“They might also not realize what happened to them was assault,” Baccus said.



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The university hired Baccus in January to fill a gap in the Title IX office. By law, the university must comply with Title IX, which “prohibits sex discrimination in education,” according to UT’s Title IX information page. Unlike other members of UT’s compliance team, Baccus is not required by law to open incidents for investigation. When students come to her to disclose an incident, Baccus can explain their options, which could include filing an official report depending on how the student chooses to go forward.

The university amped up security and sexual assault prevention efforts following the on-campus sexual assault and killing of freshman Haruka Weiser last spring. In addition to increasing police presence, the university’s Be Safe campaign has used social media and student art to promote safety messages such as walking in well lit areas and not walking alone.

“It’s just a softer way of addressing things that are going on in campus and the way to increase their safety,” said UTPD Sgt. Samantha Stanford.

Stanford’s hire, like Baccus’s, was in part to address issues of interpersonal violence on campus. As a detective, she has received specialized training to help victims of sexual assault or rape. UTPD also offers free self-defense courses for women upon request, and Stanford said the department is looking into holding separate self-defense classes for men.

UTPD’s jurisdiction ends beyond the campus borders, and Stanford said that incidents in a private residence or in West Campus might be transferred to the Austin Police Department. Stanford also said sometimes the legal definition of sexual harassment or sexual assault differs from what the university or community may use. Despite these limitations, Stanford said she is available to meet with students to answer questions or explain the legal process.

“We’re trying to… brainstorm on how we can make the process a little bit easier for victims of sexual assault to come forward and feel comfortable with reporting to us,” Stanford said.

“I think that every student should have a right to feel safe and get the education that they want to get,” Breall said, “and not have a traumatic experience get in the way of that.”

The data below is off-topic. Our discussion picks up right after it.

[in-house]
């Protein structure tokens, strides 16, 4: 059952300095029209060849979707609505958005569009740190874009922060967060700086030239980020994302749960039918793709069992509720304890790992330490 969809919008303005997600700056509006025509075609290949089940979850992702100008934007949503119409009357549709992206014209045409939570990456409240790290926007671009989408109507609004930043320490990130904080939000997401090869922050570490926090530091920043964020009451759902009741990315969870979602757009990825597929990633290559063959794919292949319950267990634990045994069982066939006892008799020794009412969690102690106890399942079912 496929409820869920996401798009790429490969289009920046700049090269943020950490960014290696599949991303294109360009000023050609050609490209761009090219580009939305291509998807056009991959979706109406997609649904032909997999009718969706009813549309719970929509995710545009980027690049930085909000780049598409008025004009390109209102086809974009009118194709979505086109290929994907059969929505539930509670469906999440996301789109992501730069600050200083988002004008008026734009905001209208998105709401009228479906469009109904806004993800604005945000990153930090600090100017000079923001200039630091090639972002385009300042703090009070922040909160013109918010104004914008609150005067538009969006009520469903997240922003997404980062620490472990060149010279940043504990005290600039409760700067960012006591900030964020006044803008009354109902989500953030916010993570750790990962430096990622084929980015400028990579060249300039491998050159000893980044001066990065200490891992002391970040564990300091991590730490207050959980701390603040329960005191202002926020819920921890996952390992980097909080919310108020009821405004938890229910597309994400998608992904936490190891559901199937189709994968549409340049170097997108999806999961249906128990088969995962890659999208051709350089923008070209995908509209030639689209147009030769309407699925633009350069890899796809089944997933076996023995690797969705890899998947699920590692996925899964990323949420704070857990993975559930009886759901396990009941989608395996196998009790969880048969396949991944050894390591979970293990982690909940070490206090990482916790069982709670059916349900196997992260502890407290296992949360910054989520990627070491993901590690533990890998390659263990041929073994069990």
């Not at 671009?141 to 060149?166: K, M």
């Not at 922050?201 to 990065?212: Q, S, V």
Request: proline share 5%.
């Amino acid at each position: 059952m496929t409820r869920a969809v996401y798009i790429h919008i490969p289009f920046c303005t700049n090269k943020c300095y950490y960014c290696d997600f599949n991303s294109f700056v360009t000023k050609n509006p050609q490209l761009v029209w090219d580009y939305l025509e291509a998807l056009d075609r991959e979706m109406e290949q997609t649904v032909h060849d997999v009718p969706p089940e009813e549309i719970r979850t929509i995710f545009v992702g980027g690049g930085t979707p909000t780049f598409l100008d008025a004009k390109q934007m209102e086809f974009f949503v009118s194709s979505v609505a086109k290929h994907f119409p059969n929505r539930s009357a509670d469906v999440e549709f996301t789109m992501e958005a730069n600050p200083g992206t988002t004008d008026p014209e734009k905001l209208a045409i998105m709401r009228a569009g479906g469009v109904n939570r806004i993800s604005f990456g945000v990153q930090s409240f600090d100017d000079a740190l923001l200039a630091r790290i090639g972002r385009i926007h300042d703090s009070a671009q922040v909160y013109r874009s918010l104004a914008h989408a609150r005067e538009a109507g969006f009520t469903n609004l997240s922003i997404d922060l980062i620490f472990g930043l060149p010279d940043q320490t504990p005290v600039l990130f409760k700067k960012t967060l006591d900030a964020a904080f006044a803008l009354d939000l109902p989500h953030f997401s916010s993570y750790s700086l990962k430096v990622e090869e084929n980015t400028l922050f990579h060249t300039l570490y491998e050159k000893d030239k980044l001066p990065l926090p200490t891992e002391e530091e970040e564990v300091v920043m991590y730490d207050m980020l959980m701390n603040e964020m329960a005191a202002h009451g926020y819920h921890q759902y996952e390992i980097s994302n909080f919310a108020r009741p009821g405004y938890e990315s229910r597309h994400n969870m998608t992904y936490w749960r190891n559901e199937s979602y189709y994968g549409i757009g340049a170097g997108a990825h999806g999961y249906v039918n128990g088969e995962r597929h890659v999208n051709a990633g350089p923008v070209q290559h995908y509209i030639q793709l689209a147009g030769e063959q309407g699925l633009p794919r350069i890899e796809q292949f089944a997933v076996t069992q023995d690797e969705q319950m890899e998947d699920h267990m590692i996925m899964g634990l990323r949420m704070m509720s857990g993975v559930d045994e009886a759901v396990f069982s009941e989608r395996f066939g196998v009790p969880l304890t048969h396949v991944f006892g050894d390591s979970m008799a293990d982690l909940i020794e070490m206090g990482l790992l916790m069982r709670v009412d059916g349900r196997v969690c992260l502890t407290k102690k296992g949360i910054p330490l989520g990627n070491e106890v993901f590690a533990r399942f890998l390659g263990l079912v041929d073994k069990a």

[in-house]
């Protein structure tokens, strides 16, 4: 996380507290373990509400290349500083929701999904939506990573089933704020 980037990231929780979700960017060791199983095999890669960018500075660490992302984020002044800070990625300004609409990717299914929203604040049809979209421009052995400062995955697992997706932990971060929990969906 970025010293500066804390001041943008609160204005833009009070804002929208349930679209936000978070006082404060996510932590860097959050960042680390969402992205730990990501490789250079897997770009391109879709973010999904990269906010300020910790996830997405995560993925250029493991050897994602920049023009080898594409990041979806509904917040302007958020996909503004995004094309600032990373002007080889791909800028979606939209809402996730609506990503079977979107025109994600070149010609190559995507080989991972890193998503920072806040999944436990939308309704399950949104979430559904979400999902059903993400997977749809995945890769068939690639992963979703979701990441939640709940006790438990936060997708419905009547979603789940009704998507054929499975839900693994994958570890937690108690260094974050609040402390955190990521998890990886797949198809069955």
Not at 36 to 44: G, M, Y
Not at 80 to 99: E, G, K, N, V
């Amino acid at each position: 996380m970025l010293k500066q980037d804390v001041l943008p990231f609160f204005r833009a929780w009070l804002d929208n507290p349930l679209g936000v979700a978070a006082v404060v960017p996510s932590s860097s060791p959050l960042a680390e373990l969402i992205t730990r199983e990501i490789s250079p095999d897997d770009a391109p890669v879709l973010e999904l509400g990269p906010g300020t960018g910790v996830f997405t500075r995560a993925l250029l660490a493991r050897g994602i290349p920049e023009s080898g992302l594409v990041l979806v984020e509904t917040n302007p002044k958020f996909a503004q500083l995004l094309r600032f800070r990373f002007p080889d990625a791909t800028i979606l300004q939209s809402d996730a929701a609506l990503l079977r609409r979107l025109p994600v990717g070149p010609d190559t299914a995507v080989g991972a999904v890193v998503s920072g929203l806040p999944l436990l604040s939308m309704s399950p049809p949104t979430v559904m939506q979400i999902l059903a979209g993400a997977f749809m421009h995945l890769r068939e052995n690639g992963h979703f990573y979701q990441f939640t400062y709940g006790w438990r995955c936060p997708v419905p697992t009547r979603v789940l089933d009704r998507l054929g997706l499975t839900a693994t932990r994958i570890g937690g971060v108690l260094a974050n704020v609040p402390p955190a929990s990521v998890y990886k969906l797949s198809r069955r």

Ian’s Giving Garden

Video by Alessandra Rey and Sydney Rubin


Written by Michaella Marshall and Sydney Rubin

When Ian McKenna was eight years old, he began building gardens.

He was inspired by a story his sister Addison told him one day after school.  

A girl began to cry one day in Addison’s first-grade class. The girl came from a low-income family and could not afford Christmas presents. She told Addison that Santa would never visit her home because she thought he hates poor people. The story upset McKenna, so he decided to take action.

“I decided to do something about that,” McKenna said.

At 5 a.m. on Christmas morning that year, McKenna and his family visited the girl in Addison’s class. They brought food and presents, which caused a flood of emotions from the girl’s parents. It was a reaction McKenna will never forget, a reaction that made him think about what else he could do to help others.

That’s when McKenna found out that many students at his elementary school only ate when the school provided a free meal. Ian decided to to build his own garden to grow produce and feed the hungry.

“I’m growing gardens to help feed people who can’t afford fresh and healthy meals,” McKenna said.

McKenna, who is now in eighth grade, has constructed four “Ian’s Giving Gardens” over the years. He currently houses gardens at Sunset Valley Elementary, Oakhill Elementary School, the Big Brother Big Sister mentoring center and his own home.

“Ian is an extremely thoughtful kid,”, Ian’s mother Sarah McKenna said. “He named his first garden his ‘Hacienda Garden’ and planted foods that are found in Hispanic dishes because he knew that the majority of the students at the school are Hispanic. For the garden he is planting today, he chose produce that is colorful because he said he wanted to help the preschoolers to learn their colors and for them to be excited.”

The garden at Sunset Valley has made its way into the elementary school’s curriculum. Emily Bush, the principal at Sunset Valley, is impressed with how many people in the community benefit from Ian’s Giving Gardens.